The internet is one of humankind’s most amazing inventions — but it is also a remarkably sophisticated and hazardous space for those who lack tech savvy and skill. Notoriously, the elderly struggle to navigate the web and use internet connected devices safely, and many succumb to scams that leave them with little to no savings for surviving retirement. Unfortunately, young children are similarly ill-equipped to explore online spaces safely — but many parents continue to allow their little ones to use internet-connected devices almost completely unsupervised.
Many parents forget about the dangers lurking online. This list of very real online risks to kids might help some parents realize the importance of investing in premium security services for their home devices.
Inarguably one of the most frightening prospects for parents is the possibility that their children might interact with a predator. Unfortunately, predators can lurk online, even in digital spaces that might seem kid-friendly, like multiplayer online games or kids’ social media groups. Once a predator builds a rapport with a child, they might coerce them to perform any number of unacceptable and illegal acts, such as revealing certain types of personal information or sending pictures. Some cyber-predators have even convinced children to meet up in person, leading to kidnappings and worse. Thus, it is imperative that parents teach kids to avoid online interactions with anyone they do not know in real life.
It takes time for children to learn appropriate topics of conversation, which is why preschool and kindergarten teachers often have hilarious stories of kids divulging family secrets. Unfortunately, the lack of filter persists in online spaces, where kids will happily post information that scammers can use to steal identities and worse. Contact information like phone numbers and addresses, physical stats like height and weight and financial information should all be kept offline, and parents should explain this early and often to kids.
Identity theft is a major crime that can follow an individual for the rest of their lives. If a child has their identity stolen, their family might not detect the theft for years, which can result in long-term effects on their credit report. Kids that suffer identity theft might find it more difficult to apply for student loans or buy their first car; they might suffer higher rates on their credit cards or mortgages. Therefore, parents need to be especially watchful of their kids’ online activity to ensure that they are not participating in behaviors that can result in identity theft.
One of the most common online scams, phishing involves criminals sending fraudulent messages through email or social media to convince victims to divulge sensitive information, like login credentials. Because children tend to be credulous, many will willingly provide information requested through online messages, especially if scammers pose as companies or familiar individuals. As mentioned above, parents should set rules that discourage kids from communicating with unfamiliar accounts online, and if anyone is making strange requests, kids should know to talk to their parents before acquiescing.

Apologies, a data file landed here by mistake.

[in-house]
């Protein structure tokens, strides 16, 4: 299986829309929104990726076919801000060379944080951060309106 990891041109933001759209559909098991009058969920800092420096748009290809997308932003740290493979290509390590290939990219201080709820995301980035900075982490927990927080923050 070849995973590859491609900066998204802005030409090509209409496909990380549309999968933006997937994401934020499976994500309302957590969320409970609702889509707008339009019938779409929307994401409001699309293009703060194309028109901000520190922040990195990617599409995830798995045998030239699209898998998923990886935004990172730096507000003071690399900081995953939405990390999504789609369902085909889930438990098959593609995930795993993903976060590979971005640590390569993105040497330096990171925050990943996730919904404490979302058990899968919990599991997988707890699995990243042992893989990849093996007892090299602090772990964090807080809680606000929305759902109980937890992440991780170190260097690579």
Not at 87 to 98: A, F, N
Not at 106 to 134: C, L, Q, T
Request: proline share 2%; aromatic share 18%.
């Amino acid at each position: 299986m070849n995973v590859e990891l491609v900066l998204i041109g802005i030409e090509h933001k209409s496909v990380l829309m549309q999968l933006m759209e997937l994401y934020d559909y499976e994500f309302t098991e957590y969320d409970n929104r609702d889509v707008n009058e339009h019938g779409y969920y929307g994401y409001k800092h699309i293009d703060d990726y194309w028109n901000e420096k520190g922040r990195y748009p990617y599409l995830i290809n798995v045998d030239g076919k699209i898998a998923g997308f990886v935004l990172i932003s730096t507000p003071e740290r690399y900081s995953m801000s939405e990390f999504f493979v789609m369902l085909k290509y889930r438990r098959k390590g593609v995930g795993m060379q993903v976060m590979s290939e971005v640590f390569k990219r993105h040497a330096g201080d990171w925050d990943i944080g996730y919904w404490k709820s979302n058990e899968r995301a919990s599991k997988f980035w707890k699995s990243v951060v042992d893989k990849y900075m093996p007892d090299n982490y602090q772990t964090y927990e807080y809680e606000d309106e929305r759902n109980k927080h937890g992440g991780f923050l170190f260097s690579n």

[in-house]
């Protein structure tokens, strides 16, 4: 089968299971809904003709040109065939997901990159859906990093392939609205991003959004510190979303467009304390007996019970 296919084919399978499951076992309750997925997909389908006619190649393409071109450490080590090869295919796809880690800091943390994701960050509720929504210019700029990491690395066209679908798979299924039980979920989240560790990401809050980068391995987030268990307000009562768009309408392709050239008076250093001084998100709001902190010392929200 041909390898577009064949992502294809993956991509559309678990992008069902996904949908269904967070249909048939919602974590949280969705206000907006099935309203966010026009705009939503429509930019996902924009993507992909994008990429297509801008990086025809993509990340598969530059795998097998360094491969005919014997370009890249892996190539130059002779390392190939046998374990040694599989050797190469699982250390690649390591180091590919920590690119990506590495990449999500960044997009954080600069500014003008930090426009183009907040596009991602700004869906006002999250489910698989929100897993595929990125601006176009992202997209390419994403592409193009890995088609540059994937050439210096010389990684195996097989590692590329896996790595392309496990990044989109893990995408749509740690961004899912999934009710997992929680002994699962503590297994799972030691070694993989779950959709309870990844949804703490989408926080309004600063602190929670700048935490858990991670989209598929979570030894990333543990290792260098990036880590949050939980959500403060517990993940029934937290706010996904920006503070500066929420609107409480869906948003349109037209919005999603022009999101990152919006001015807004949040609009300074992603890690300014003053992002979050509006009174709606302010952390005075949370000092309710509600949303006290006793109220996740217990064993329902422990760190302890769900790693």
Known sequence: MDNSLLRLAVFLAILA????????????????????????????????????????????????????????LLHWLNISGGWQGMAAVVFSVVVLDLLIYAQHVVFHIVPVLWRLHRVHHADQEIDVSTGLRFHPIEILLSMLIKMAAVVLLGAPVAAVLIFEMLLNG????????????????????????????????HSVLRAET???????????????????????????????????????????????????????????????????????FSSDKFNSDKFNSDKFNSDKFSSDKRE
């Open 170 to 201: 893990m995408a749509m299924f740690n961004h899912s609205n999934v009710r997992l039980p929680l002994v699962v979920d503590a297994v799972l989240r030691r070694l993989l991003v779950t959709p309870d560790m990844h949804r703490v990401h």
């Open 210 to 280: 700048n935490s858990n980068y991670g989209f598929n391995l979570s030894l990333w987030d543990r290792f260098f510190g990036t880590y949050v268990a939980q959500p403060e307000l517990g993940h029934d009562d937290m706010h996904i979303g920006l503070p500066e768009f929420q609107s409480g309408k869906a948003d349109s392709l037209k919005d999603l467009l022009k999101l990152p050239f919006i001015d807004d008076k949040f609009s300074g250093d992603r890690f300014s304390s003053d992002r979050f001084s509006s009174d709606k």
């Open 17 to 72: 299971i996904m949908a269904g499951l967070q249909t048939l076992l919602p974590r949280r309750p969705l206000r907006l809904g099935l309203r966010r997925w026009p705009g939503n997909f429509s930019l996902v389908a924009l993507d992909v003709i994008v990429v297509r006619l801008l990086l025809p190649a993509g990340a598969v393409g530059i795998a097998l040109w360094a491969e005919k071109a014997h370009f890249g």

Hundreds of millions of new malicious programs are hidden online every day, and sometimes, even tech-savvy adults struggle to avoid it. Though parents should teach their kids to avoid clicking wantonly on links and never to download and install software without asking, parents should also protect their devices with premium security tools that thwart malware well before it has any negative effects.
The internet was made by adults for adults, which means it contains more than its fair share of content that should be for adult eyes only. There are many corners of the web that are filled with text, images and videos that can have profound effects on developing brains, and parents should do what they can to prevent their kids from venturing into these confusing and distressing spaces. Again, a security suite with parental controls can be of use, but parents should also set rules regarding what kids are allowed to do while using internet connected devices.
What happens on the internet stays on the internet — for better or worse. That means that pictures and posts made by kids might haunt them later in their lives, especially if they are using the web to explore controversial or downright harmful concepts. It might be difficult to predict what might online behavior be damaging to a child in the future, but parents should try to control their children’s posting and filter out potentially risky posts for as long as possible. It might also be wise for parents to give kids another outlet for their ideas and feelings, like a paper journal.
By no means are these the only dangers kids face while navigating the web. However, by committing to keeping kids safe online, parents will learn how to manage their kids’ behavior and avoid threats now and into the future.